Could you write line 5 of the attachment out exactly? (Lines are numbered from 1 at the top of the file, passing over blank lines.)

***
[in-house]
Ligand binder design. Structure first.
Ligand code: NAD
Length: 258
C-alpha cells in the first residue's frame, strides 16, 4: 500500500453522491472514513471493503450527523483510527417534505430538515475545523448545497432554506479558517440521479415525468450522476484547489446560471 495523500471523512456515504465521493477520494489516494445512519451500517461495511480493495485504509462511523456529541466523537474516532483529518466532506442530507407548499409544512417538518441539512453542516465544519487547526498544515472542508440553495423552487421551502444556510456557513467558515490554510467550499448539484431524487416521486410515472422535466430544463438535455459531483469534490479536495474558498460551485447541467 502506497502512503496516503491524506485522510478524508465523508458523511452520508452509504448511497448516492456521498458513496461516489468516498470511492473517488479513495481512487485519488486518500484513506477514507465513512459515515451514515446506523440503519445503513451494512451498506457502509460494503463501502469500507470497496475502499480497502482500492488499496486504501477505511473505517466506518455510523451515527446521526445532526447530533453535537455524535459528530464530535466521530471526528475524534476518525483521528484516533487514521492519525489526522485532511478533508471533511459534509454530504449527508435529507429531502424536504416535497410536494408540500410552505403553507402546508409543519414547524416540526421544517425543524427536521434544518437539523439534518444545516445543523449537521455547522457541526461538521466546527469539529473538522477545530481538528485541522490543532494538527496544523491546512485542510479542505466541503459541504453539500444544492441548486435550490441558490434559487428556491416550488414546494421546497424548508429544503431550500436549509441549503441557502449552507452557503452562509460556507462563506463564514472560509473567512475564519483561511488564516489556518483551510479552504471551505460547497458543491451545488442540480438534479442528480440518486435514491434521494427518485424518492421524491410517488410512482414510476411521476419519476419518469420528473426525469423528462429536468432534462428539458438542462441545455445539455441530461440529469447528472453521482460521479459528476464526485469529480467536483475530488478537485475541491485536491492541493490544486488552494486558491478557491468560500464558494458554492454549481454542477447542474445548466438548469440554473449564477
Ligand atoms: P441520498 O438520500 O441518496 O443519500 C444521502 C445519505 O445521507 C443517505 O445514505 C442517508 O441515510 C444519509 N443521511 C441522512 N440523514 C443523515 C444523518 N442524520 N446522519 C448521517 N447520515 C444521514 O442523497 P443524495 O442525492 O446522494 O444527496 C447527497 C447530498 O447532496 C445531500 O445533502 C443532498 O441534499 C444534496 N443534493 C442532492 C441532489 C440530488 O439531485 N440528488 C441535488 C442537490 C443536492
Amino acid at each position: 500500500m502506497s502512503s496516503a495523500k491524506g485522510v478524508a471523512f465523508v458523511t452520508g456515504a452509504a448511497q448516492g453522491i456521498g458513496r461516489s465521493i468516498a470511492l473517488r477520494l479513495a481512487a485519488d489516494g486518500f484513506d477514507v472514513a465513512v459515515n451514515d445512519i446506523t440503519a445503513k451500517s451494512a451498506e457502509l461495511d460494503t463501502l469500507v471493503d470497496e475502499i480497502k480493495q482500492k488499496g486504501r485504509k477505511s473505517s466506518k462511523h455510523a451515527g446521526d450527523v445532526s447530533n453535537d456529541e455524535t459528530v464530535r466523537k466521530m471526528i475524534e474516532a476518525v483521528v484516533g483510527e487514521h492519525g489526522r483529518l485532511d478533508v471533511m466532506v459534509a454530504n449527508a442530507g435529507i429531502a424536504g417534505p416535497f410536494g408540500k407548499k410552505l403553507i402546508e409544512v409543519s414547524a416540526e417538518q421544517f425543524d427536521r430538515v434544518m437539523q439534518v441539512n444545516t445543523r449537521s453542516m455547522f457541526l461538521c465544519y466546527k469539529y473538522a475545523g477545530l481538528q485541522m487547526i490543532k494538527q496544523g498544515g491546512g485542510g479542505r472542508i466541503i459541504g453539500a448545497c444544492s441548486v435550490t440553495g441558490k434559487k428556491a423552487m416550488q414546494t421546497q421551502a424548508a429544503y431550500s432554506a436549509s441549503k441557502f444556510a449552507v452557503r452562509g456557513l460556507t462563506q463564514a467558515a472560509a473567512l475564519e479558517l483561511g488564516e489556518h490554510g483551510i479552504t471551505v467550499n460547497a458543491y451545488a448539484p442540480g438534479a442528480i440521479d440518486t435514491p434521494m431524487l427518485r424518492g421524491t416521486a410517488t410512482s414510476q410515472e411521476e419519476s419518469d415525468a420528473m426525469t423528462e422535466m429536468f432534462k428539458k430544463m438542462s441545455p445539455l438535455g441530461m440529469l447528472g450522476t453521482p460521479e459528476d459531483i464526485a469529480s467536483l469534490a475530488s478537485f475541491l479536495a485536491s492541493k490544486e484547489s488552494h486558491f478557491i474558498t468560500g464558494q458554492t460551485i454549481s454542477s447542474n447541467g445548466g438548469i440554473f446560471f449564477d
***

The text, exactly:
C-alpha cells in the first residue's frame, strides 16, 4: 500500500453522491472514513471493503450527523483510527417534505430538515475545523448545497432554506479558517440521479415525468450522476484547489446560471 495523500471523512456515504465521493477520494489516494445512519451500517461495511480493495485504509462511523456529541466523537474516532483529518466532506442530507407548499409544512417538518441539512453542516465544519487547526498544515472542508440553495423552487421551502444556510456557513467558515490554510467550499448539484431524487416521486410515472422535466430544463438535455459531483469534490479536495474558498460551485447541467 502506497502512503496516503491524506485522510478524508465523508458523511452520508452509504448511497448516492456521498458513496461516489468516498470511492473517488479513495481512487485519488486518500484513506477514507465513512459515515451514515446506523440503519445503513451494512451498506457502509460494503463501502469500507470497496475502499480497502482500492488499496486504501477505511473505517466506518455510523451515527446521526445532526447530533453535537455524535459528530464530535466521530471526528475524534476518525483521528484516533487514521492519525489526522485532511478533508471533511459534509454530504449527508435529507429531502424536504416535497410536494408540500410552505403553507402546508409543519414547524416540526421544517425543524427536521434544518437539523439534518444545516445543523449537521455547522457541526461538521466546527469539529473538522477545530481538528485541522490543532494538527496544523491546512485542510479542505466541503459541504453539500444544492441548486435550490441558490434559487428556491416550488414546494421546497424548508429544503431550500436549509441549503441557502449552507452557503452562509460556507462563506463564514472560509473567512475564519483561511488564516489556518483551510479552504471551505460547497458543491451545488442540480438534479442528480440518486435514491434521494427518485424518492421524491410517488410512482414510476411521476419519476419518469420528473426525469423528462429536468432534462428539458438542462441545455445539455441530461440529469447528472453521482460521479459528476464526485469529480467536483475530488478537485475541491485536491492541493490544486488552494486558491478557491468560500464558494458554492454549481454542477447542474445548466438548469440554473449564477